In the present case, it would seem that John Linnell provided Robert Child with a set of parlour chairs, like the ones he had supplied for Mr. Drake at Shardeloes slightly before.
THE PROVENANCE: UPTON HOUSE, BANBURY
These chairs, and the set with plainer legs mentioned above, were recorded in a photograph of the dining-room at Middleton Park, Oxfordshire, in the early 20th Century. Hayward and Kirkham (op. cit., p 116) stated that the chairs were ordered by Child for Middleton. This is clearly impossible as Middleton then belonged to Lord Jersey, whose son only married Child's granddaughter in 1804. It is far more likely that the chairs were commissioned for Upton House, Banbury, bought by Child's elder brother Francis in 1757, and enlarged by Robert Child himself. Linnell is known to have worked at Upton, supplying a chimneypiece and overmantel to Mrs. Child's dressing-room (Hayward and Kirkham, op. cit., p. 116).
In order to deprive the Fane descendants of his son-in-law Lord Westmoreland, who had eloped with his daughter, Child settled his property, including Upton House, on his granddaughter, Lady Sarah Fane, who married the Earl of Jersey in 1804. Thus Upton House passed to the Earls of Jersey, although Sarah, Lady Jersey, who died in 1867, had retained it after her husband's death in 1859. That Upton was her house is recorded in the memoirs of her granddaughter-in-law Fifty-one Years of Victorian Life, 1923, p. 56.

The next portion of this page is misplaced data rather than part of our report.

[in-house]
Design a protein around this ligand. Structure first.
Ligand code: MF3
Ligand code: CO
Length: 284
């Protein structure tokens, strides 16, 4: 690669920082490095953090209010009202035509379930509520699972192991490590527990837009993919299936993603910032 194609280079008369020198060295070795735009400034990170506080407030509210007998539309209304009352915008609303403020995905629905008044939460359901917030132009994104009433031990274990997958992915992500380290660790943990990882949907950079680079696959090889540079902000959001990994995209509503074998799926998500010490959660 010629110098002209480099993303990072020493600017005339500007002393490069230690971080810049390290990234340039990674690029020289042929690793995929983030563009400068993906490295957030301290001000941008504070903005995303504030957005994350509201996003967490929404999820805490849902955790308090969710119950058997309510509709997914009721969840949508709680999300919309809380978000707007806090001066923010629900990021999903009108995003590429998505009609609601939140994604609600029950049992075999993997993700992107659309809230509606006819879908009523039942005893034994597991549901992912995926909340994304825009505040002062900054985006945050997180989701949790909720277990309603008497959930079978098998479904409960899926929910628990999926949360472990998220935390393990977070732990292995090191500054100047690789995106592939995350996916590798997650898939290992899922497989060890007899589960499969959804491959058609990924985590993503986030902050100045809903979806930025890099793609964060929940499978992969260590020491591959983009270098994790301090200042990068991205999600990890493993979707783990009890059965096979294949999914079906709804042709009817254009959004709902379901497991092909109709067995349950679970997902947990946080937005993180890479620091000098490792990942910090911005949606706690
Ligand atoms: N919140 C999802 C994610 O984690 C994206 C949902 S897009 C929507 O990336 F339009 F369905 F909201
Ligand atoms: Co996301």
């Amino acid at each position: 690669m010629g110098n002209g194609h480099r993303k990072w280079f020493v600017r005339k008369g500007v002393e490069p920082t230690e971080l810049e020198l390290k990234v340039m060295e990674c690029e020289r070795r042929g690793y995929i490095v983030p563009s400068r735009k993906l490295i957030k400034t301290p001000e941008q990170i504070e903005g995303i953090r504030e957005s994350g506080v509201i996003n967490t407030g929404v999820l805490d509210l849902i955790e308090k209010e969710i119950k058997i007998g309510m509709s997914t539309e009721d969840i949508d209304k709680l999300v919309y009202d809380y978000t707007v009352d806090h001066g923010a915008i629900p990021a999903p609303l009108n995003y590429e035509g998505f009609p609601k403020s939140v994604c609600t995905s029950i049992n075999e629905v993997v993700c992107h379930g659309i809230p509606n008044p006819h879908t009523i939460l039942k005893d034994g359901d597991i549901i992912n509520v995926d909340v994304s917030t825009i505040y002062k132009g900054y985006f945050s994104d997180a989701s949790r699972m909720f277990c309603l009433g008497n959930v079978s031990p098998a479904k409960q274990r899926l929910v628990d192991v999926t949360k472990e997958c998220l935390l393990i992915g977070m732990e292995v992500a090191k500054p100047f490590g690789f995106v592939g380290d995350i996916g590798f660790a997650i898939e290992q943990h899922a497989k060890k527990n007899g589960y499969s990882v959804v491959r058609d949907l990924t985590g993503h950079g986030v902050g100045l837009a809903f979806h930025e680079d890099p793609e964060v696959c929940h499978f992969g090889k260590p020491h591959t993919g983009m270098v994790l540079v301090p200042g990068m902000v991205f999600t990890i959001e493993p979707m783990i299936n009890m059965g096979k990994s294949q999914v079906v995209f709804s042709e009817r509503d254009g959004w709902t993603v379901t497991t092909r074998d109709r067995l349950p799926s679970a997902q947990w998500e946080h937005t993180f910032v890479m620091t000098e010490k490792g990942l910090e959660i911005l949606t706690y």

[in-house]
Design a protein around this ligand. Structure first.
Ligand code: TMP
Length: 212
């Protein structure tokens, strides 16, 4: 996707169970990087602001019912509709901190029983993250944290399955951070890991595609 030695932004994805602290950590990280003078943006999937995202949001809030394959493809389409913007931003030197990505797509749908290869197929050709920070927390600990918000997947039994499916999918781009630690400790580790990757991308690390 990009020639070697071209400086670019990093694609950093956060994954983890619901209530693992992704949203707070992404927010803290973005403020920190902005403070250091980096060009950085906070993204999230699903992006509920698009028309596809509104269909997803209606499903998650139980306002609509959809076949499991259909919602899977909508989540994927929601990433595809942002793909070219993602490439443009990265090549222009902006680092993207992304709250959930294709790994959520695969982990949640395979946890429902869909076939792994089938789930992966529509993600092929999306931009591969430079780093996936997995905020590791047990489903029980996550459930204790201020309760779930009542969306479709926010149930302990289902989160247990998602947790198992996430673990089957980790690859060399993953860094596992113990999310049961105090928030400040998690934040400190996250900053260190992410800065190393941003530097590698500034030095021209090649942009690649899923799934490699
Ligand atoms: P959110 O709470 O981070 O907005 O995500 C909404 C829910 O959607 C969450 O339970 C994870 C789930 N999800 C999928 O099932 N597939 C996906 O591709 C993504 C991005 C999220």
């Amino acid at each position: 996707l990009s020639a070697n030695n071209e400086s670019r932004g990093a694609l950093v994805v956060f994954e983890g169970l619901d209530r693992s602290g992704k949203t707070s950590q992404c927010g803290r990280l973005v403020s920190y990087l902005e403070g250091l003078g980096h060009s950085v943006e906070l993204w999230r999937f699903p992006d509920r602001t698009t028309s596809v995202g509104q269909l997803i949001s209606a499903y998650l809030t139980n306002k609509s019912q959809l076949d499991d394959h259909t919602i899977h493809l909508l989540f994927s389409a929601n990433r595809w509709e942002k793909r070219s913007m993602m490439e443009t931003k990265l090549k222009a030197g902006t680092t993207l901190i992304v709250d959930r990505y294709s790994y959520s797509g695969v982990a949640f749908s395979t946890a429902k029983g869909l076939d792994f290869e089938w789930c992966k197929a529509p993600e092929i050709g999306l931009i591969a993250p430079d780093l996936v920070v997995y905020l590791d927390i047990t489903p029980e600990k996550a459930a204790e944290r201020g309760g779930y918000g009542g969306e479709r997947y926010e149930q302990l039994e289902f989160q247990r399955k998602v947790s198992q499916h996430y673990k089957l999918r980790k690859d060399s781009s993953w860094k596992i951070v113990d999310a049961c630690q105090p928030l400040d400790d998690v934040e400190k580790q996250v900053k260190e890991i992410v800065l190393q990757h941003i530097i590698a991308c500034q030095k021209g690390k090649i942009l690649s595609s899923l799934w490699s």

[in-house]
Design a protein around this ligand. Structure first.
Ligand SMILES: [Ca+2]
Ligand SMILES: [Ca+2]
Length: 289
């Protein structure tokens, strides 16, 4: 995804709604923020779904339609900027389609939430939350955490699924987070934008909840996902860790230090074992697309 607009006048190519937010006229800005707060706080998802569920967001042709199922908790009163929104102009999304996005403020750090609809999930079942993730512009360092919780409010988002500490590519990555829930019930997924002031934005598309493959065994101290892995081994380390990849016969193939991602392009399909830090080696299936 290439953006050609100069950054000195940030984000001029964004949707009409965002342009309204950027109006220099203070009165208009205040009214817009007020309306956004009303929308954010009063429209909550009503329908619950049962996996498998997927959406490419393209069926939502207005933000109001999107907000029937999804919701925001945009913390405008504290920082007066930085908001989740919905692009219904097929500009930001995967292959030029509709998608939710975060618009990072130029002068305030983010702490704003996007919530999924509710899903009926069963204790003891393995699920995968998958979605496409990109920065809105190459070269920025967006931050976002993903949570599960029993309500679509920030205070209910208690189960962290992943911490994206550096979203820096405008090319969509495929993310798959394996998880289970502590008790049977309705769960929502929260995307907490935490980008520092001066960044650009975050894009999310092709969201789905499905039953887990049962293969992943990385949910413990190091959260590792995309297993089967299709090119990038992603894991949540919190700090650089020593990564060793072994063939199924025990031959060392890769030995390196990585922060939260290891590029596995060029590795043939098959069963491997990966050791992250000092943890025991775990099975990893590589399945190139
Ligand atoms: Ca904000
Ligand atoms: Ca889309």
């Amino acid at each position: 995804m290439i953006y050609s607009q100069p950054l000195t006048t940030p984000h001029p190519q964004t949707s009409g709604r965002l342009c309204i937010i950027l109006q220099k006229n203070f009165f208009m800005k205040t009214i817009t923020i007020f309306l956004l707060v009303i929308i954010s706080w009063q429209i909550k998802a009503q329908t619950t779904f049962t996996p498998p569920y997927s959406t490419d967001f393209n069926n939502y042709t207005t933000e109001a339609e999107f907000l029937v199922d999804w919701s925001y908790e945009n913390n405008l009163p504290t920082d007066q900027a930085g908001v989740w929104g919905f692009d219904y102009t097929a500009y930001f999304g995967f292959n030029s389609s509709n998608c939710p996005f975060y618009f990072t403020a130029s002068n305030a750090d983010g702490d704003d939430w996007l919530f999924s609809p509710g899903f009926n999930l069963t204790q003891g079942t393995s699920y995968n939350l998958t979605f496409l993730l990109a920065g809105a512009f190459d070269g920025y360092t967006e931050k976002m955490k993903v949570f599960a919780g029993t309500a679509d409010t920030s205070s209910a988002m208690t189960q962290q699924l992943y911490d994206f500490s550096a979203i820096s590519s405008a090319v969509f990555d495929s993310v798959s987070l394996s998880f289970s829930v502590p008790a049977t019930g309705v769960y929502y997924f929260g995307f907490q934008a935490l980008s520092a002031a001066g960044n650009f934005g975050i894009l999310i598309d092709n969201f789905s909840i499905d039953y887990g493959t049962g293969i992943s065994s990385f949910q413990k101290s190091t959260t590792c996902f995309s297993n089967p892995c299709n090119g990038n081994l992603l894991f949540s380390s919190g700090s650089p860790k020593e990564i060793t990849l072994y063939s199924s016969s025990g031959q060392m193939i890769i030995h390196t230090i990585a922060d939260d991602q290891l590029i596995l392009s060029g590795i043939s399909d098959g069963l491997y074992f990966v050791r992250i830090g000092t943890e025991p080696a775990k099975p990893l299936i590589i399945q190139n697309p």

The inventory of Upton House taken after the death of Sarah, Lady Jersey in 1867, recorded in the Dining-Room (Warwickshire RO, CR 157/13):
12 mahogany chairs, leather covered and two armchairs to match
In 1934, the contents of Middleton Park were sold by Hampton and Sons, and the house demolished to make way for Sir Edwin Lutyens's last great country house. These chairs were included in that sale, together with the set with plainer legs referred to above. Initially, the auctioneers presented the two sets together as three consecutive lots, and so they appear in the printed catalogue. However, on the eve of the sale it was noticed that there were variations, principally in the treatment of the legs but also in the carving of the base of the splat. In the sale itself the chairs were divided into four lots of six. This is recorded in Dr. Till's own copy of the catalogue. Dr Till only bought one of the six at the time, subsequently acquiring the other six having borrowed the £95 from his new mother-in-law.